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Alien board game USCSS Nostromo accused of ‘stealing’ design

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An upcoming board game based on seminal sci-fi horror film Alien has been hit with accusations of plagiarism.

Alien: USCSS Nostromo, which is also referred to as Alien: The Board Game, is a co-operative survival game that involves the crew of the ill-fated mining vessel trying to survive an attack by the xenomorph. The game is being published by Wonderdice, which has secured the official licence for the franchise from 20th Century Fox, and is currently open for pre-orders ahead of a release this summer.

Following the announcement, designer François Bachelart alleged that the game was a direct copy of his own Alien-inspired design, Nostromo, that he had pitched to Wonderdice four years previously. The discussions reportedly went as far as Wonderdice proposing a contract to sign Bachelart’s game, which was ultimately never finalised.

The Société des Auteurs de Jeux, the French union of game designers, later released a statement supporting Bachelart and ‘strongly condemning’ Wonderdice’s ‘attitude’.

"In view of the information we have, it seems that the publisher has properly ‘stolen’ his game to this author by deciding to develop and edit without his consent, without his name, and without copyright,” it wrote.

The SAJ confirmed that, unlike artwork, games’ mechanical designs cannot be copyrighted or otherwise protected by law in France, making the best defence against plagiarism a community-led effort to ‘grill’ those that attempt to copy others’ ideas. According to the SAJ, local distributor Edge refused a proposed partnership with Wonderdice as a result of seeing Bachelart’s game previously and identifying the similarities between the two.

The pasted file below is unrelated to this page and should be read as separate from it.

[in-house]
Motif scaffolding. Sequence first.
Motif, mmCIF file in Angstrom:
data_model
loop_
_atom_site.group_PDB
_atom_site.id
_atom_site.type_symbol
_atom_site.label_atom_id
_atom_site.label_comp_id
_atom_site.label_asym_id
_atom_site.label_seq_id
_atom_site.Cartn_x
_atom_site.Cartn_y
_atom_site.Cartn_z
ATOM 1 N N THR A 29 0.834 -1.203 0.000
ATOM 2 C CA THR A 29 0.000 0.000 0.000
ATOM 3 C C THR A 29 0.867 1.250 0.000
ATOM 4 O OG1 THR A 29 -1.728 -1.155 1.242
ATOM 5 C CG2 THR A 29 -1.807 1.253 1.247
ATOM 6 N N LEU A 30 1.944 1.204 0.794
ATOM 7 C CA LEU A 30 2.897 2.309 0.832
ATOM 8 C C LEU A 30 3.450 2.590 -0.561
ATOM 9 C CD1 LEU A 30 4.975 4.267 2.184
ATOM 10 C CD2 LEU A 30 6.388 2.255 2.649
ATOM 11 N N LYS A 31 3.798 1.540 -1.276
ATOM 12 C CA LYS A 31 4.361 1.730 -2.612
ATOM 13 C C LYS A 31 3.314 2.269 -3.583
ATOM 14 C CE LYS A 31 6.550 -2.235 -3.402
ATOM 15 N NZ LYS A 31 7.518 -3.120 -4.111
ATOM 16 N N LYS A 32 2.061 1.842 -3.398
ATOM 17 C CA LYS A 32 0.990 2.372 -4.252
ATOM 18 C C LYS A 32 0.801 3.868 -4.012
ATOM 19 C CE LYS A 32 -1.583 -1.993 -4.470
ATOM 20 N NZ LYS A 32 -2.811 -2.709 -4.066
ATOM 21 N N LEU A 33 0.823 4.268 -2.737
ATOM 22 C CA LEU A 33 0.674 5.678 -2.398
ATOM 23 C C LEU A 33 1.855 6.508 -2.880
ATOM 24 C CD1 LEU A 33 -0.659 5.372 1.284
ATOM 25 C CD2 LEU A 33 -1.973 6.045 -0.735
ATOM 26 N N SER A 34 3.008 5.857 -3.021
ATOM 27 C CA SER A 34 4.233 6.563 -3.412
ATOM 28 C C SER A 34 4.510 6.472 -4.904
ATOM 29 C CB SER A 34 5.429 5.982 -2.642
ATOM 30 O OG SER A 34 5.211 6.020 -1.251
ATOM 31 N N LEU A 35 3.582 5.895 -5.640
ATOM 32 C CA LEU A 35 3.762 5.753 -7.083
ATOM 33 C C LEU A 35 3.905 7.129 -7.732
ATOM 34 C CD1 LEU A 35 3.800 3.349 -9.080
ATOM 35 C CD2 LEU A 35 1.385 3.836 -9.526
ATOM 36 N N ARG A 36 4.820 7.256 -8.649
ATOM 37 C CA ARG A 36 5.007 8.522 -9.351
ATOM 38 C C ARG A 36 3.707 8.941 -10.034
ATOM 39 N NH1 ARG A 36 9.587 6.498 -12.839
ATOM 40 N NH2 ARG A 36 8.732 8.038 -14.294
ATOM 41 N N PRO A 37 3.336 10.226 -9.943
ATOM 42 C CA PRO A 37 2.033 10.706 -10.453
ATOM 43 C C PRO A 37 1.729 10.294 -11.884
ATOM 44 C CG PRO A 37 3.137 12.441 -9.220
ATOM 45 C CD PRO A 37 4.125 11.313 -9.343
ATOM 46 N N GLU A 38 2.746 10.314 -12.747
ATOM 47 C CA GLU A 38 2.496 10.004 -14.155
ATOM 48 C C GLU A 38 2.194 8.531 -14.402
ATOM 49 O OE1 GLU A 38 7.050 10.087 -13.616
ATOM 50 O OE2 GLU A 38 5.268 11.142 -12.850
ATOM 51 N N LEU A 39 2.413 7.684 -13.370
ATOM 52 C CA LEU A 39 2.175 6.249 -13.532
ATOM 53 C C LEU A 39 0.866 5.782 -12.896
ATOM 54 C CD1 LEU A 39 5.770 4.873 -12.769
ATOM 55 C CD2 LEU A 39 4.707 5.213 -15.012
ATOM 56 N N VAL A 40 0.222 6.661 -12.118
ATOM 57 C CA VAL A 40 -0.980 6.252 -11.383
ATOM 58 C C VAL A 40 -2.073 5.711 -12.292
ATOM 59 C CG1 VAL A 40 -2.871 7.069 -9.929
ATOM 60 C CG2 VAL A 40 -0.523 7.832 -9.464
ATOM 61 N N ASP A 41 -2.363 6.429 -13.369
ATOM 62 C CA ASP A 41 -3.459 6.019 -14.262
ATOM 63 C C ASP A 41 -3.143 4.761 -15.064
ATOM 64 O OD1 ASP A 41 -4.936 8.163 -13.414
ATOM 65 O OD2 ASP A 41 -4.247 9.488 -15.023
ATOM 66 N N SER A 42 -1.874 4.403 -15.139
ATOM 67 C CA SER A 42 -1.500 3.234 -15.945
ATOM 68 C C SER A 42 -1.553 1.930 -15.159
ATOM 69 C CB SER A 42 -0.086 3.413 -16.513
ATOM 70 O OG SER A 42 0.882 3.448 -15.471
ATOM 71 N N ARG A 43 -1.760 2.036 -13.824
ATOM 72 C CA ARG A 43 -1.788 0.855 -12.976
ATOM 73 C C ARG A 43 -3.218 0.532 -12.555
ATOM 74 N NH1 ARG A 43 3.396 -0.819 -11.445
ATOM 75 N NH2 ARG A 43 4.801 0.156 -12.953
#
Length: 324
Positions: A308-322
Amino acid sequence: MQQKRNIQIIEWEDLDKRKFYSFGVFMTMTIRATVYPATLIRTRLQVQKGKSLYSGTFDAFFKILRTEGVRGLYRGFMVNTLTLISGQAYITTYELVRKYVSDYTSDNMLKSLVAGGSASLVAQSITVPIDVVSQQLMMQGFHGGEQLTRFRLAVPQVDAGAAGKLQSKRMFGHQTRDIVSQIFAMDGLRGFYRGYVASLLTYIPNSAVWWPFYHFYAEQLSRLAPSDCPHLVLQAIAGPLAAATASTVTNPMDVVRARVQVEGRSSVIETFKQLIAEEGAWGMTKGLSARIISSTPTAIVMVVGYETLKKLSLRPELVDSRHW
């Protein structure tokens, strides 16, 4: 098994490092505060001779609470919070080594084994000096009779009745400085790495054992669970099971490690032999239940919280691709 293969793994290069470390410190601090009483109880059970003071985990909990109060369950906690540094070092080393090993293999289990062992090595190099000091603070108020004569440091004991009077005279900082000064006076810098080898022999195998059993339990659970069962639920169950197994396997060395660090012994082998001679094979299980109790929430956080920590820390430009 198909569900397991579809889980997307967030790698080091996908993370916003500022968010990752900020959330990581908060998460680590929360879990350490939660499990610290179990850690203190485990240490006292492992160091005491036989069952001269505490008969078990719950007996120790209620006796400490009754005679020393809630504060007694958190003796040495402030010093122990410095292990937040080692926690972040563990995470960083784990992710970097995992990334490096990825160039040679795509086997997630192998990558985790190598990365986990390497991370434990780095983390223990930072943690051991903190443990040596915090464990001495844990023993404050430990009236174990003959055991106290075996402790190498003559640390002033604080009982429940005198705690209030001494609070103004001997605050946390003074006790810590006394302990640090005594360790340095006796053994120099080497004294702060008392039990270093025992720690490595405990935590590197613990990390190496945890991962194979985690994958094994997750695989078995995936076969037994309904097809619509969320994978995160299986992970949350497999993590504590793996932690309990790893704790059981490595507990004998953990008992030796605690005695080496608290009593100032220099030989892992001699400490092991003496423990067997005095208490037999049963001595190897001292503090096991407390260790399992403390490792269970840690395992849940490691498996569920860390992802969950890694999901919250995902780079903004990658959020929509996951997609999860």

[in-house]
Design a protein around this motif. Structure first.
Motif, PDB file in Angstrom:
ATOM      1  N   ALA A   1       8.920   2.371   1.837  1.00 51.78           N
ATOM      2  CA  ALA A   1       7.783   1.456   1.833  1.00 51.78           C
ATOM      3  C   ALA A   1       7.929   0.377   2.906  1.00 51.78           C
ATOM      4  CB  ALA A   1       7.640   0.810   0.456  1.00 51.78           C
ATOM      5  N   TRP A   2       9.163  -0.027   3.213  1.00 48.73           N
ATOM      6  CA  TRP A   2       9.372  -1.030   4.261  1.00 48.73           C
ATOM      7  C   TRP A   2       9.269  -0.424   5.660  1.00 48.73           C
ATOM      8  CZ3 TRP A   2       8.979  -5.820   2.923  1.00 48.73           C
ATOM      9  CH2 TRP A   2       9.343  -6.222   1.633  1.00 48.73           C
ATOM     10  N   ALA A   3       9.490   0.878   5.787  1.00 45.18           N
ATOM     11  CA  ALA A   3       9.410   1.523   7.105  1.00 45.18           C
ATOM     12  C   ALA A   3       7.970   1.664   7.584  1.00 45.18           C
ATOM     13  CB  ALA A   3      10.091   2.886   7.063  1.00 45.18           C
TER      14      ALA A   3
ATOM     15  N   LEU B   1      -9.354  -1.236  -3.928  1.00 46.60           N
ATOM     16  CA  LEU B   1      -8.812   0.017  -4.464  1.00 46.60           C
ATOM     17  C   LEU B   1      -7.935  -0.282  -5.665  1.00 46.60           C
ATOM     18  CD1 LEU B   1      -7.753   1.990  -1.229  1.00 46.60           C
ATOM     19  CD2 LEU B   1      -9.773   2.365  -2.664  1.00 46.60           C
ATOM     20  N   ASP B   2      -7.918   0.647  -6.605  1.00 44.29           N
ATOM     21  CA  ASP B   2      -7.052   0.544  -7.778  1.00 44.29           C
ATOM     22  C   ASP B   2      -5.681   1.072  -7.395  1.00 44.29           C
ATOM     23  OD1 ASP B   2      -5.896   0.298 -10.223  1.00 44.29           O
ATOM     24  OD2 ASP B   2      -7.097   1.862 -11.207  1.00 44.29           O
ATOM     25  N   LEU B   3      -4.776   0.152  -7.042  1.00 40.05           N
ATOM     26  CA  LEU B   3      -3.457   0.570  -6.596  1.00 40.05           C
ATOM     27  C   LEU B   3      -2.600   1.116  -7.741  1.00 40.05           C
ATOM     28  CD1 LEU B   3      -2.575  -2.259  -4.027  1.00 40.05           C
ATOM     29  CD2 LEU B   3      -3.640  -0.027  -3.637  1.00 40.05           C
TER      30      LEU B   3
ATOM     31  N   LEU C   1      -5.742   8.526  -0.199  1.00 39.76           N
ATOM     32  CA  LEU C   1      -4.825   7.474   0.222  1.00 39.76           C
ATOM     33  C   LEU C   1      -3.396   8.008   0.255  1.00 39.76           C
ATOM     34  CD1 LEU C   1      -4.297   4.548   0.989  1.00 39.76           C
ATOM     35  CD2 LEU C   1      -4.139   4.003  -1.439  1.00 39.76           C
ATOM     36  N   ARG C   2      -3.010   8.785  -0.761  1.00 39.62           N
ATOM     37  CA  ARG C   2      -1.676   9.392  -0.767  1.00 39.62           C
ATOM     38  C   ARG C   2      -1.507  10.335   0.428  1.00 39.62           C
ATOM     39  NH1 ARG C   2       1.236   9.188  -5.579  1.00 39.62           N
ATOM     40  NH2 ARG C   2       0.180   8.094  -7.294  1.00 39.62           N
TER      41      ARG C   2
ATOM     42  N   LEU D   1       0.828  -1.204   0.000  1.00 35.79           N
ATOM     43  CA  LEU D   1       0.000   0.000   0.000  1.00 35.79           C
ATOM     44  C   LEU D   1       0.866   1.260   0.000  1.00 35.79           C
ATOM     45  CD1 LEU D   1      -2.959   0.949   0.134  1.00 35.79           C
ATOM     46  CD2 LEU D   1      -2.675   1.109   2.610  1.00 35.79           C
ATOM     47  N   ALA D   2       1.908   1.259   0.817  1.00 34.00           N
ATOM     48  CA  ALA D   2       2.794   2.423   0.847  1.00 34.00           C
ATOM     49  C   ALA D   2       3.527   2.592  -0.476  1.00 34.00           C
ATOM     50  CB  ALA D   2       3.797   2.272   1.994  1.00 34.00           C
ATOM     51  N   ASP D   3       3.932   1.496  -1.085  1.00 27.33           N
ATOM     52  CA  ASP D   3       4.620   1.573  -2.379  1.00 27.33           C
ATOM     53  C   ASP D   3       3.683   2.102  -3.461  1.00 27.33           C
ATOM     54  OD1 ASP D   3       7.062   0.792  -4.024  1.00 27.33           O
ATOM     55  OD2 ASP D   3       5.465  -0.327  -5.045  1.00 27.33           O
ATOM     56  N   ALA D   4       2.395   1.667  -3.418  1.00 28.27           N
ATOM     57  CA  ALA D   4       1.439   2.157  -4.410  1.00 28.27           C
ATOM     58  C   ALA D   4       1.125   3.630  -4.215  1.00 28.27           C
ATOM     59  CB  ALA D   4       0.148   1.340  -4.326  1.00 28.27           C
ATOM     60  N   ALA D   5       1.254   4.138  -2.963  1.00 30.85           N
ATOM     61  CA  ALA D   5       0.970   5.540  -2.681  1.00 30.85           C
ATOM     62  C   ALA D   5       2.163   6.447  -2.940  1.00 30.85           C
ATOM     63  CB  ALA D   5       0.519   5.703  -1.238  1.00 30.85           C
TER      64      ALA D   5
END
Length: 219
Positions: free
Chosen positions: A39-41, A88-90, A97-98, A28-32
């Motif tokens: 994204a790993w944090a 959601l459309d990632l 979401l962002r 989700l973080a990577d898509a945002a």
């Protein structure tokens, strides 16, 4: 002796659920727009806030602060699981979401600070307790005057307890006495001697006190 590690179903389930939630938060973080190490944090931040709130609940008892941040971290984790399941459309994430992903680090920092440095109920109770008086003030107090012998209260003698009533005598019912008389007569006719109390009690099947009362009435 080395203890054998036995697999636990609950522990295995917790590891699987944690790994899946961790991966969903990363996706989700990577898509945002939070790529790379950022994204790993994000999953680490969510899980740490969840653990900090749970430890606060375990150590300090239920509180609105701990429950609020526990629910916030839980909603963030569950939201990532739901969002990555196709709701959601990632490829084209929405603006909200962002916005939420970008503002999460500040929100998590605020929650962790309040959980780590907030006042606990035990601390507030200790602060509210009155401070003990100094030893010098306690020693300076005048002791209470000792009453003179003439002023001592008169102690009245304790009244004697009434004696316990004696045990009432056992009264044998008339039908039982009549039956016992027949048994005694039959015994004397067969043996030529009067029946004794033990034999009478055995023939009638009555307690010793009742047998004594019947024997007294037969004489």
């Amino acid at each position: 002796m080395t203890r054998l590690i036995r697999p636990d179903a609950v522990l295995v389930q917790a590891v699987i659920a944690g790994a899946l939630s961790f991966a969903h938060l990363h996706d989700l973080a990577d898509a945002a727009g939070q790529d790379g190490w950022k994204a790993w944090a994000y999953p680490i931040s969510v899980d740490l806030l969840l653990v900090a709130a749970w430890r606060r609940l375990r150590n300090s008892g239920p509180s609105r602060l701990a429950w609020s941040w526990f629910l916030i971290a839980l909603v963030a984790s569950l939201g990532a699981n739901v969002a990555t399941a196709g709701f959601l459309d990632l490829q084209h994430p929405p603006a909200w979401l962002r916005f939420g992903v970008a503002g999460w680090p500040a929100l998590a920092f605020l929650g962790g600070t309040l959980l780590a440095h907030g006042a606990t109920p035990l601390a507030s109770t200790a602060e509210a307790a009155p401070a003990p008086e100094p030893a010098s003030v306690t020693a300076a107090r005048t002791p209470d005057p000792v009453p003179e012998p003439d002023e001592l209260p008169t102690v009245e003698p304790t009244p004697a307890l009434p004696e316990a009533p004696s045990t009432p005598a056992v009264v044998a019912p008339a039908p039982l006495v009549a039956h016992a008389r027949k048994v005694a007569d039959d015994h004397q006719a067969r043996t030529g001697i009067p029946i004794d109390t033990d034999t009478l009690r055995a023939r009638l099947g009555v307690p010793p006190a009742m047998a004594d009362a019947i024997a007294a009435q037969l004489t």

“In the absence of legal, expensive and in any case very uncertain reactions due to the ambiguity of the status of the board game, the only available means of action is to inform authors and players of the bad practices of Wonderdice, so that this publisher meets the failure he deserves,” the SAJ added.

Wonderdice has dismissed the allegations, claiming that its Alien board game is a “completely different” design to Bachelart’s Nostromo, as reported by French website Ludovox.

The company confirmed that it had seen Bachelart’s design four years ago and begun discussions with 20th Century Fox to secure the Alien licence, as well as talking with Rising Sun and Zombicide publisher CMON about bringing it to the US. CMON later withdrew, saying the game wasn’t the right fit for its audience.

Wonderdice says it then worked to develop its own game using the Alien licence, working for a year and a half to create a distinct design separate from Bachelart’s concept. The studio claims its game is more “gamer”-orientated than Bachelart’s “family”-style design.

“It's a game developed internally by our team,” reads the translation of a post Wonderdice wrote in response to comments on the Alien: The Board Game Facebook page. “We are currently victim of a little troll band which are unfortunately not part of the Alien universe.

“A game is created by a development team, not a single author, just as a video game does not have an author because it cast a shadow on the actually many people who worked on it. We do not put forward specific authors but our entire team, composed of graphic designers, illustrators, game designers [and] playtesters dedicated and passionate about making a joint project in this universe of which we are all fans.”

Following the controversy over the game, Wonderdice contacted Bachelart to propose publishing his original game with a family-friendly cartoon style, but claims it didn’t hear back from the designer. Bachelart, for his part, says he didn’t take the suggestion seriously, adding that he would like to publish his original design for Nostromo through another outlet. At the time of this story going to press, Wonderdice hadn’t responded to direct requests for a statement.

The question over the originality of Nostromo is the latest plagiarism debate to strike the tabletop world, following the cancellation of Vast: The Crystal Cavern spiritual successor Deep: Enemy Frontier as the result of alleged plagiarism by publisher Leder Games and the accusation made by Japanese studio Oink Games that US publisher Bezier Games copied its design for Insider in social deduction word game Werewords.

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